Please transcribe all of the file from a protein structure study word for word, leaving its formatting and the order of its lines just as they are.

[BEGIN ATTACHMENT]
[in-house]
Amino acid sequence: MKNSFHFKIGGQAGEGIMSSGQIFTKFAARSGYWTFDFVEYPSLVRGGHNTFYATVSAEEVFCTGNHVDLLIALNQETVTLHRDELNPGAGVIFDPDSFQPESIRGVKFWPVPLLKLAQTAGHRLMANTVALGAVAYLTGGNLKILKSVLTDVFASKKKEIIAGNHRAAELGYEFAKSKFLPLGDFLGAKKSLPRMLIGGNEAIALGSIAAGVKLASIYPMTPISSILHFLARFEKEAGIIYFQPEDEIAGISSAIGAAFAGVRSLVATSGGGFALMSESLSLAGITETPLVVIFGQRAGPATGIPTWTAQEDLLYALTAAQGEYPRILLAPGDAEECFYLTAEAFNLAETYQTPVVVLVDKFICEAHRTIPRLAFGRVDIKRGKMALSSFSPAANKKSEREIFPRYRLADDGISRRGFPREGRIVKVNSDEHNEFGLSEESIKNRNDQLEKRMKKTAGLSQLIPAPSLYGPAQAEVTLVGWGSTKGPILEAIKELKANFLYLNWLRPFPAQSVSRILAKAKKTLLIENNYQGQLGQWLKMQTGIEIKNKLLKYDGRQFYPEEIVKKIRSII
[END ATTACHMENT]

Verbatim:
[in-house]
Amino acid sequence: MKNSFHFKIGGQAGEGIMSSGQIFTKFAARSGYWTFDFVEYPSLVRGGHNTFYATVSAEEVFCTGNHVDLLIALNQETVTLHRDELNPGAGVIFDPDSFQPESIRGVKFWPVPLLKLAQTAGHRLMANTVALGAVAYLTGGNLKILKSVLTDVFASKKKEIIAGNHRAAELGYEFAKSKFLPLGDFLGAKKSLPRMLIGGNEAIALGSIAAGVKLASIYPMTPISSILHFLARFEKEAGIIYFQPEDEIAGISSAIGAAFAGVRSLVATSGGGFALMSESLSLAGITETPLVVIFGQRAGPATGIPTWTAQEDLLYALTAAQGEYPRILLAPGDAEECFYLTAEAFNLAETYQTPVVVLVDKFICEAHRTIPRLAFGRVDIKRGKMALSSFSPAANKKSEREIFPRYRLADDGISRRGFPREGRIVKVNSDEHNEFGLSEESIKNRNDQLEKRMKKTAGLSQLIPAPSLYGPAQAEVTLVGWGSTKGPILEAIKELKANFLYLNWLRPFPAQSVSRILAKAKKTLLIENNYQGQLGQWLKMQTGIEIKNKLLKYDGRQFYPEEIVKKIRSII